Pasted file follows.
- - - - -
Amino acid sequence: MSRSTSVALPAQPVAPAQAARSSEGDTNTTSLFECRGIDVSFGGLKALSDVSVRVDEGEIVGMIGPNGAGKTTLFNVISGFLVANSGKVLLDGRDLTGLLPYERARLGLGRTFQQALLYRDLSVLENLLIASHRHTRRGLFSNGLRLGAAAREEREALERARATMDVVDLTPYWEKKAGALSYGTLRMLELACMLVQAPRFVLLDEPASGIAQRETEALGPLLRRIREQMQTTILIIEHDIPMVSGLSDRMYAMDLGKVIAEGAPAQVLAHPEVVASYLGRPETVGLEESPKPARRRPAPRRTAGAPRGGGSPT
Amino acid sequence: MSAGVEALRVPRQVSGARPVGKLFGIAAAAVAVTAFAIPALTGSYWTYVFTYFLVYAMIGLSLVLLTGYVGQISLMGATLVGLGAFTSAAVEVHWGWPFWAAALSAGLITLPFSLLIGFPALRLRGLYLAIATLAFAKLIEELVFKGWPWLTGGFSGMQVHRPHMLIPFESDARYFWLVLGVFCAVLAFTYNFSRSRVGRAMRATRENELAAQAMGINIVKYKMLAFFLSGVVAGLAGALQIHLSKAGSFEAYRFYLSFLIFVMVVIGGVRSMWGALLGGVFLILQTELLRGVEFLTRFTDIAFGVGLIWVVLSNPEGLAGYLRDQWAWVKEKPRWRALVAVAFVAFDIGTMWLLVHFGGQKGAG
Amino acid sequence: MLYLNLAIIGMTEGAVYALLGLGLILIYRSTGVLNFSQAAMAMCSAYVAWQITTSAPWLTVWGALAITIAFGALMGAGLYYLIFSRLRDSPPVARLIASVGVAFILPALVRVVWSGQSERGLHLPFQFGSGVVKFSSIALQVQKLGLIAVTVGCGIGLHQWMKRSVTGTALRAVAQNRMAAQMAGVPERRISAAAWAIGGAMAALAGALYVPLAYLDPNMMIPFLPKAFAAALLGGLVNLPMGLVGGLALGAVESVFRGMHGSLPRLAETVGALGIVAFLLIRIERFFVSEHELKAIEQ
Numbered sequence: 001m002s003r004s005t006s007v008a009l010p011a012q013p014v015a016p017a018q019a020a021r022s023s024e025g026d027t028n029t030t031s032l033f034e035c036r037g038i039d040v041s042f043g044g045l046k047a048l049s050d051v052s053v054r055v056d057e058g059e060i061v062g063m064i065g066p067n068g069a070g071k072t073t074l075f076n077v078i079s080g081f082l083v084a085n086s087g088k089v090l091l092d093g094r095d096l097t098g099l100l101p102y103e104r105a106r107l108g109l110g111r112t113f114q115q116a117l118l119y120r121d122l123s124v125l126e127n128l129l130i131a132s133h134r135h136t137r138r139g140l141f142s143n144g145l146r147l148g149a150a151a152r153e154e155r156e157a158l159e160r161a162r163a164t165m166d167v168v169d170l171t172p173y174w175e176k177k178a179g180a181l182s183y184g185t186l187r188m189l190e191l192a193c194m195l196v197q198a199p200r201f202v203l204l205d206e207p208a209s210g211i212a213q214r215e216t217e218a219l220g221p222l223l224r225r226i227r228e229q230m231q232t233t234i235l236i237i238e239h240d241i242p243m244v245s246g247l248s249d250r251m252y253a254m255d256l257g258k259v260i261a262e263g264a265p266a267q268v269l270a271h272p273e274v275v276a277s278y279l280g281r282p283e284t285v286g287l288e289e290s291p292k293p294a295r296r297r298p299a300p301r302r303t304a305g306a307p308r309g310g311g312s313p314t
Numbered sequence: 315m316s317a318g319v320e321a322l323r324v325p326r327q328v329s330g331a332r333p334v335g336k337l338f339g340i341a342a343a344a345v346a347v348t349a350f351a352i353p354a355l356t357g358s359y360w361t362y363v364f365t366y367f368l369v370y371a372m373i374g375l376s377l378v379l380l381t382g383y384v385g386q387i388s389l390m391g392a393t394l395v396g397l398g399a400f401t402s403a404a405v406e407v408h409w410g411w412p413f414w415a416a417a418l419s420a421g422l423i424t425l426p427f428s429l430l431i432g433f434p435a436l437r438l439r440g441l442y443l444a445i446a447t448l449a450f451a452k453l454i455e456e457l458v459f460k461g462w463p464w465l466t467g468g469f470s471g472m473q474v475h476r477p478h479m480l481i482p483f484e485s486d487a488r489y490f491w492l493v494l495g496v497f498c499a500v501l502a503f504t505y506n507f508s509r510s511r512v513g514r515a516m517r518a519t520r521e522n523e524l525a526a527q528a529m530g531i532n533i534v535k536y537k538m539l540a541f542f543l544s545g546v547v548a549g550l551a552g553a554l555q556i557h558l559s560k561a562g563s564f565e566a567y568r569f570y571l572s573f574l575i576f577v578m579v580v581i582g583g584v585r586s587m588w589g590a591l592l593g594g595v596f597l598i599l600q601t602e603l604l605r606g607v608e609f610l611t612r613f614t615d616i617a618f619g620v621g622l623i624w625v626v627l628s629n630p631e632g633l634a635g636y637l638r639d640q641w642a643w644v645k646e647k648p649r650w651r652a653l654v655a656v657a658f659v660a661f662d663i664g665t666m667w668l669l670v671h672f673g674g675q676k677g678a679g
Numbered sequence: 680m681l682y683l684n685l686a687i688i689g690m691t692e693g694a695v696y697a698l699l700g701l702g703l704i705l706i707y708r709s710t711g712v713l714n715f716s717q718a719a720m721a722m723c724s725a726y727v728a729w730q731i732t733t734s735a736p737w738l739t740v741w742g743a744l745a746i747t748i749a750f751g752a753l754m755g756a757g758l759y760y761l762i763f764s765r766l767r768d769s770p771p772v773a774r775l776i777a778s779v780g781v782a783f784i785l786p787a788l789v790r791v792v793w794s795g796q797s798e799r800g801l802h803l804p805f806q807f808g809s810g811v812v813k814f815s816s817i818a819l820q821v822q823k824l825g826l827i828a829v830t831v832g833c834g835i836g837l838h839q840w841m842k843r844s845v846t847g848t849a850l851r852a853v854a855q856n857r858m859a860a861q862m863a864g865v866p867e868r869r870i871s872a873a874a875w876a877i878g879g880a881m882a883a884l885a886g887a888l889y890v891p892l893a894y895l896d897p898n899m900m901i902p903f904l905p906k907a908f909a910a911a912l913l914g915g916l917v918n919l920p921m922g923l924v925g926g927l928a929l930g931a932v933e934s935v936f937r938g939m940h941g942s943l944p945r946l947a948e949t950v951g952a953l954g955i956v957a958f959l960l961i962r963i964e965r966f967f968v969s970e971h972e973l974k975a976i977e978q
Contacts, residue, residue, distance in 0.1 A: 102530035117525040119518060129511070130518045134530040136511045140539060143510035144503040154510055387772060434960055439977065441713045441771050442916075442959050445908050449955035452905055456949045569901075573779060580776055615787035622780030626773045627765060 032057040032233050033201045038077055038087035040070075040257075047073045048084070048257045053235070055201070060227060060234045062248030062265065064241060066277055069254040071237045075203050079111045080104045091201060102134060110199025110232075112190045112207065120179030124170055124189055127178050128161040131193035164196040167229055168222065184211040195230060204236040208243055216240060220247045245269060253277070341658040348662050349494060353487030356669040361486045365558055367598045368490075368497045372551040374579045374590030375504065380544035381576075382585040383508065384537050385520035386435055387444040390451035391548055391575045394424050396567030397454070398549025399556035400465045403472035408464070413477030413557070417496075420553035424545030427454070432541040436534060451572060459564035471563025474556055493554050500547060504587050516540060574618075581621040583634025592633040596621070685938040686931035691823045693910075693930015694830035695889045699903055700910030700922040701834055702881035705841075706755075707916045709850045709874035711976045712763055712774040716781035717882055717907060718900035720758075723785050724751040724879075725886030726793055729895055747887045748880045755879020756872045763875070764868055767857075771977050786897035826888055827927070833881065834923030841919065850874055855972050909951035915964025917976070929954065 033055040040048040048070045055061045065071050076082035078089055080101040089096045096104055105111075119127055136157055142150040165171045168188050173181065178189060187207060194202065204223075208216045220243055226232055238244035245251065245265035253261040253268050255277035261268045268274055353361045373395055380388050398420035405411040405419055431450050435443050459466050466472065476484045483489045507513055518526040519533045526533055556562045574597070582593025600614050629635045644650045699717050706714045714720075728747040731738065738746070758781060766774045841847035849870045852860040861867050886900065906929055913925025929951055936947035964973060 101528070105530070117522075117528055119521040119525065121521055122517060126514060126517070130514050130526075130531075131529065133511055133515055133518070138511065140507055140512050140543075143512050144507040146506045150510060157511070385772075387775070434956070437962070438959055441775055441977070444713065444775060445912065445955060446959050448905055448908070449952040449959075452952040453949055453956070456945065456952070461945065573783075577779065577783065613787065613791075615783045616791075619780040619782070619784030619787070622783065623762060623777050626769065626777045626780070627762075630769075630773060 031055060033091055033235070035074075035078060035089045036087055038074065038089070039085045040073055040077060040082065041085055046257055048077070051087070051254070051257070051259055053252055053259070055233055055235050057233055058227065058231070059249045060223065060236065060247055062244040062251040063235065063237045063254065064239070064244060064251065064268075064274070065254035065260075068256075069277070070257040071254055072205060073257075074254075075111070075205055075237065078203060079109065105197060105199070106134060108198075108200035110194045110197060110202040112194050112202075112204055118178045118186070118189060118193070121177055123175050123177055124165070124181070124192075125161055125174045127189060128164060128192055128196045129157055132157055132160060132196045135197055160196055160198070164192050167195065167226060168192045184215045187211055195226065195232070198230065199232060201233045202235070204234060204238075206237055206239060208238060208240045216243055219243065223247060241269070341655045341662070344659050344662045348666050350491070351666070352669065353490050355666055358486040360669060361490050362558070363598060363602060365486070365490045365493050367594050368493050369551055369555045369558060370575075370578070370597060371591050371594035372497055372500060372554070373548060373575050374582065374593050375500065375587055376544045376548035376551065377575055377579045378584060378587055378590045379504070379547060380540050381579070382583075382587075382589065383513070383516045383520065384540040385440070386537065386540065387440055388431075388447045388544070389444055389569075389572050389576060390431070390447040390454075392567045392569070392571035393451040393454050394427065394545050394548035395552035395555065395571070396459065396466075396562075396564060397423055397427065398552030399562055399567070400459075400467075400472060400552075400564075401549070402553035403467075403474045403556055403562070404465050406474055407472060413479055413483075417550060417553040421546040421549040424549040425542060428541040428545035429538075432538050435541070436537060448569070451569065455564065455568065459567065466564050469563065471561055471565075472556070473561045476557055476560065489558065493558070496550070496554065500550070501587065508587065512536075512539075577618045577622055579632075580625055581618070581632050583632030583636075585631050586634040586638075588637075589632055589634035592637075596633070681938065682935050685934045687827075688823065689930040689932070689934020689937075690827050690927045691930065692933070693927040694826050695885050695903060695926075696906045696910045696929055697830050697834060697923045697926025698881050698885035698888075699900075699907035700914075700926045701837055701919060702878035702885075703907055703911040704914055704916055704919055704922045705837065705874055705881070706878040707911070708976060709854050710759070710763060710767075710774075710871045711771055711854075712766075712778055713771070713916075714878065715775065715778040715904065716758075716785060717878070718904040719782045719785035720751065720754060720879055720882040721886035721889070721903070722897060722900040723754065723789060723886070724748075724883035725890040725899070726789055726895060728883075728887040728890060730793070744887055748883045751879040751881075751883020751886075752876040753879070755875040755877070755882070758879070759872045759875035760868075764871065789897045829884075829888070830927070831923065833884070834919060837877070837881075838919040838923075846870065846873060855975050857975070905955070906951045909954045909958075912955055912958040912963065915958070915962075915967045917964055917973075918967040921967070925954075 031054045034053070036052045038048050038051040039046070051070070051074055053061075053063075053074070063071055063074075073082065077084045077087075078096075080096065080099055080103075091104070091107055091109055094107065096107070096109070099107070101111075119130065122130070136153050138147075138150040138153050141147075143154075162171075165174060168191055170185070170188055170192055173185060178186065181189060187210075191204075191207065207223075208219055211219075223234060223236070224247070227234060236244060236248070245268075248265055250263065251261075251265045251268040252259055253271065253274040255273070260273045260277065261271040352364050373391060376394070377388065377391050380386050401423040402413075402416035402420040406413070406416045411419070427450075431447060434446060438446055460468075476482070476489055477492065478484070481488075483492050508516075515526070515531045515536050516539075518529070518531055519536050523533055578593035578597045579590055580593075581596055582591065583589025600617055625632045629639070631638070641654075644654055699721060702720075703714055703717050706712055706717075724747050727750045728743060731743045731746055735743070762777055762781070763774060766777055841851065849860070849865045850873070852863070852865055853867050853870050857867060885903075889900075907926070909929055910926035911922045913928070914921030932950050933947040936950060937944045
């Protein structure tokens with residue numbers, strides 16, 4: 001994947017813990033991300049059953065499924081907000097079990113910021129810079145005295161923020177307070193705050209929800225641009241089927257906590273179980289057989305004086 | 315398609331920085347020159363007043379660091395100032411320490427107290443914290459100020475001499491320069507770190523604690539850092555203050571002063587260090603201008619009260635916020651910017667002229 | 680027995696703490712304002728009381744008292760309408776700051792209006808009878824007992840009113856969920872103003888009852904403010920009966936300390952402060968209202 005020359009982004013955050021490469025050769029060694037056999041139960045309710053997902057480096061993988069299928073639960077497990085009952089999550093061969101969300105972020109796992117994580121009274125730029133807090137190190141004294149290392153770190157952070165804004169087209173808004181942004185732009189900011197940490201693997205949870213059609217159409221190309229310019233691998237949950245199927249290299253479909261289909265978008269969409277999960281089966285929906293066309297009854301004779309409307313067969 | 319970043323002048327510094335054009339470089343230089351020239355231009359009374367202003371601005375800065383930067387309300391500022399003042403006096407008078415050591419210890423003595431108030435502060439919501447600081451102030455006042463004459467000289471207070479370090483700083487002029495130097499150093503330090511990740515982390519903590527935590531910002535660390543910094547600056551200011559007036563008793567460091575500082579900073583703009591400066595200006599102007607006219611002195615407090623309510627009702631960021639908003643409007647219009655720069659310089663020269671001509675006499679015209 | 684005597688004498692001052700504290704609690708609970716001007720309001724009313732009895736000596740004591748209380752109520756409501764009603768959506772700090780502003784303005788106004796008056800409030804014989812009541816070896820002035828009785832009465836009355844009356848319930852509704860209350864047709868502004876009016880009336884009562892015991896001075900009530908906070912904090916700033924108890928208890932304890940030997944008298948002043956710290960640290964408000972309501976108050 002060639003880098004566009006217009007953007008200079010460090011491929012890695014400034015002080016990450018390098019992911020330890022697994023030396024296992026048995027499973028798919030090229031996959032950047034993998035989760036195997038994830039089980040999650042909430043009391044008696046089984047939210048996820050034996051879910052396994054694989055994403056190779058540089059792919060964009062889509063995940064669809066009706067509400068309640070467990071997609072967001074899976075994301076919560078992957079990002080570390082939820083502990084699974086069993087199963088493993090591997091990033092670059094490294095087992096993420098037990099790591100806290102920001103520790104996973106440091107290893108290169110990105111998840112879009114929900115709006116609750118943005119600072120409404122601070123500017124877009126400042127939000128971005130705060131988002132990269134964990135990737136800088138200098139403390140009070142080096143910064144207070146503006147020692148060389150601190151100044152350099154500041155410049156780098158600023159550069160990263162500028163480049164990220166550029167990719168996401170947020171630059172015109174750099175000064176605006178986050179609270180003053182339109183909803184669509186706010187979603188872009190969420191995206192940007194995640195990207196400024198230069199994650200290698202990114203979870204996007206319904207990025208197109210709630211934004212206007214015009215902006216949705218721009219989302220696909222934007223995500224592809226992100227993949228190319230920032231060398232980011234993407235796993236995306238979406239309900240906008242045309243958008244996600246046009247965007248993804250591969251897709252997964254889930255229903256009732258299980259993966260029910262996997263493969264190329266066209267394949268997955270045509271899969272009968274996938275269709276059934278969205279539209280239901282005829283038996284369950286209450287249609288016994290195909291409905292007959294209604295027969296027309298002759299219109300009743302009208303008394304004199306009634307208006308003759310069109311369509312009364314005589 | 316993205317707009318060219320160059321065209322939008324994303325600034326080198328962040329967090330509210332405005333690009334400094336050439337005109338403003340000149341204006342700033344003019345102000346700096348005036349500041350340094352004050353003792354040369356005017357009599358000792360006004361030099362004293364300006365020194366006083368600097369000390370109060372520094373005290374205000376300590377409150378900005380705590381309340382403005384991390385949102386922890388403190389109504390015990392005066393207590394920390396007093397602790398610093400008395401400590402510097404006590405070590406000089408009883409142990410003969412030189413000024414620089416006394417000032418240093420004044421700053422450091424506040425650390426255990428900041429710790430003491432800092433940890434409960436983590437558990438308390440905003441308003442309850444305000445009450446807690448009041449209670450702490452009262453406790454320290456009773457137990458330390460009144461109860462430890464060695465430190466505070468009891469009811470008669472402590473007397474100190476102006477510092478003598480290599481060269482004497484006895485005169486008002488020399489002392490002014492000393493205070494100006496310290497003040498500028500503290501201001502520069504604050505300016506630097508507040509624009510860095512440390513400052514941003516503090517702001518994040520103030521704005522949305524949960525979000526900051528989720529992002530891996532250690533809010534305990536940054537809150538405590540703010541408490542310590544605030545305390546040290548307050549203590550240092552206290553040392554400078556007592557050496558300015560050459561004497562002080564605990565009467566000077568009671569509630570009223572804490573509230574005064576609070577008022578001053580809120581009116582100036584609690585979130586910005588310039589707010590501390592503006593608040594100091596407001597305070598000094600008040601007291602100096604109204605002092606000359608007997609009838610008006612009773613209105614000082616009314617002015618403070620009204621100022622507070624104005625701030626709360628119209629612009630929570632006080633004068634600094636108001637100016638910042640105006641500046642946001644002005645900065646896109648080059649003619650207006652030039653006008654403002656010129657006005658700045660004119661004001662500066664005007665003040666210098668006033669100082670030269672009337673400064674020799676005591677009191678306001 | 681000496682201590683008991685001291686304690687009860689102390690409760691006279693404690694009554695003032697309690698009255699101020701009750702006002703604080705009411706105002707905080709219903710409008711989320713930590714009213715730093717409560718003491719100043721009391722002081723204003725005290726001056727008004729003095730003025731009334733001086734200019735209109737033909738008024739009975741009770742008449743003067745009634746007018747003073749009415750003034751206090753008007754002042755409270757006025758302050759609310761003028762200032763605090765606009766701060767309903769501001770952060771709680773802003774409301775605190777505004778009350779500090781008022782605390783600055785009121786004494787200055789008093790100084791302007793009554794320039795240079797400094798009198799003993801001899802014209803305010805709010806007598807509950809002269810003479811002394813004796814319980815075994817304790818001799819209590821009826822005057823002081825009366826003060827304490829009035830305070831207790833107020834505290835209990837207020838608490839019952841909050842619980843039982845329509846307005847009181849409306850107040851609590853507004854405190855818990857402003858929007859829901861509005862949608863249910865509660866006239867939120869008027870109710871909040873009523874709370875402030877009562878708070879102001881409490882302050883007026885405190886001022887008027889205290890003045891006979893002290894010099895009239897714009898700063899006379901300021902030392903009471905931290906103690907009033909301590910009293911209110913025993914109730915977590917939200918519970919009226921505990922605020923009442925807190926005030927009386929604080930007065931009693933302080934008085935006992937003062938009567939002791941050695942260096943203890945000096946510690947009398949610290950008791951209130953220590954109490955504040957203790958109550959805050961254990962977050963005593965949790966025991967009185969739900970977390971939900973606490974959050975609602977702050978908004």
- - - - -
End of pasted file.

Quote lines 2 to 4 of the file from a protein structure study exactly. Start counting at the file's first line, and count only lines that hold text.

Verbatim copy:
Amino acid sequence: MSAGVEALRVPRQVSGARPVGKLFGIAAAAVAVTAFAIPALTGSYWTYVFTYFLVYAMIGLSLVLLTGYVGQISLMGATLVGLGAFTSAAVEVHWGWPFWAAALSAGLITLPFSLLIGFPALRLRGLYLAIATLAFAKLIEELVFKGWPWLTGGFSGMQVHRPHMLIPFESDARYFWLVLGVFCAVLAFTYNFSRSRVGRAMRATRENELAAQAMGINIVKYKMLAFFLSGVVAGLAGALQIHLSKAGSFEAYRFYLSFLIFVMVVIGGVRSMWGALLGGVFLILQTELLRGVEFLTRFTDIAFGVGLIWVVLSNPEGLAGYLRDQWAWVKEKPRWRALVAVAFVAFDIGTMWLLVHFGGQKGAG
Amino acid sequence: MLYLNLAIIGMTEGAVYALLGLGLILIYRSTGVLNFSQAAMAMCSAYVAWQITTSAPWLTVWGALAITIAFGALMGAGLYYLIFSRLRDSPPVARLIASVGVAFILPALVRVVWSGQSERGLHLPFQFGSGVVKFSSIALQVQKLGLIAVTVGCGIGLHQWMKRSVTGTALRAVAQNRMAAQMAGVPERRISAAAWAIGGAMAALAGALYVPLAYLDPNMMIPFLPKAFAAALLGGLVNLPMGLVGGLALGAVESVFRGMHGSLPRLAETVGALGIVAFLLIRIERFFVSEHELKAIEQ
Numbered sequence: 001m002s003r004s005t006s007v008a009l010p011a012q013p014v015a016p017a018q019a020a021r022s023s024e025g026d027t028n029t030t031s032l033f034e035c036r037g038i039d040v041s042f043g044g045l046k047a048l049s050d051v052s053v054r055v056d057e058g059e060i061v062g063m064i065g066p067n068g069a070g071k072t073t074l075f076n077v078i079s080g081f082l083v084a085n086s087g088k089v090l091l092d093g094r095d096l097t098g099l100l101p102y103e104r105a106r107l108g109l110g111r112t113f114q115q116a117l118l119y120r121d122l123s124v125l126e127n128l129l130i131a132s133h134r135h136t137r138r139g140l141f142s143n144g145l146r147l148g149a150a151a152r153e154e155r156e157a158l159e160r161a162r163a164t165m166d167v168v169d170l171t172p173y174w175e176k177k178a179g180a181l182s183y184g185t186l187r188m189l190e191l192a193c194m195l196v197q198a199p200r201f202v203l204l205d206e207p208a209s210g211i212a213q214r215e216t217e218a219l220g221p222l223l224r225r226i227r228e229q230m231q232t233t234i235l236i237i238e239h240d241i242p243m244v245s246g247l248s249d250r251m252y253a254m255d256l257g258k259v260i261a262e263g264a265p266a267q268v269l270a271h272p273e274v275v276a277s278y279l280g281r282p283e284t285v286g287l288e289e290s291p292k293p294a295r296r297r298p299a300p301r302r303t304a305g306a307p308r309g310g311g312s313p314t